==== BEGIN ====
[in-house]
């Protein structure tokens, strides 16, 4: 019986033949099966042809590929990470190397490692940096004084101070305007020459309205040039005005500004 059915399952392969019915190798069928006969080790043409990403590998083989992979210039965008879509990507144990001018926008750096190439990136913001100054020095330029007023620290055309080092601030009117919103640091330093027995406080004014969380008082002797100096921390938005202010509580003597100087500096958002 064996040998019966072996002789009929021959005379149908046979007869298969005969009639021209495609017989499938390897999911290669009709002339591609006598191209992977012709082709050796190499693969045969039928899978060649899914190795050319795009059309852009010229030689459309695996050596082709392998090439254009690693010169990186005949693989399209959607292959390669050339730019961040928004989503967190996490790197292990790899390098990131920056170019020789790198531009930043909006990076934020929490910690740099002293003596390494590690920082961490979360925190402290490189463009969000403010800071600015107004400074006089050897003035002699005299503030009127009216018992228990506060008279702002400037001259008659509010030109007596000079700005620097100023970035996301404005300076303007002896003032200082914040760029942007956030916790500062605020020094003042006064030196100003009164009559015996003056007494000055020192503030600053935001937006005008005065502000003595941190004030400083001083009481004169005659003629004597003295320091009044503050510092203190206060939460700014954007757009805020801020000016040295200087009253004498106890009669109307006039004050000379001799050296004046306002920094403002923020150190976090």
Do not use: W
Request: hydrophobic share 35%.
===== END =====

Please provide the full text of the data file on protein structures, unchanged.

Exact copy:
[in-house]
């Protein structure tokens, strides 16, 4: 019986033949099966042809590929990470190397490692940096004084101070305007020459309205040039005005500004 059915399952392969019915190798069928006969080790043409990403590998083989992979210039965008879509990507144990001018926008750096190439990136913001100054020095330029007023620290055309080092601030009117919103640091330093027995406080004014969380008082002797100096921390938005202010509580003597100087500096958002 064996040998019966072996002789009929021959005379149908046979007869298969005969009639021209495609017989499938390897999911290669009709002339591609006598191209992977012709082709050796190499693969045969039928899978060649899914190795050319795009059309852009010229030689459309695996050596082709392998090439254009690693010169990186005949693989399209959607292959390669050339730019961040928004989503967190996490790197292990790899390098990131920056170019020789790198531009930043909006990076934020929490910690740099002293003596390494590690920082961490979360925190402290490189463009969000403010800071600015107004400074006089050897003035002699005299503030009127009216018992228990506060008279702002400037001259008659509010030109007596000079700005620097100023970035996301404005300076303007002896003032200082914040760029942007956030916790500062605020020094003042006064030196100003009164009559015996003056007494000055020192503030600053935001937006005008005065502000003595941190004030400083001083009481004169005659003629004597003295320091009044503050510092203190206060939460700014954007757009805020801020000016040295200087009253004498106890009669109307006039004050000379001799050296004046306002920094403002923020150190976090």
Do not use: W
Request: hydrophobic share 35%.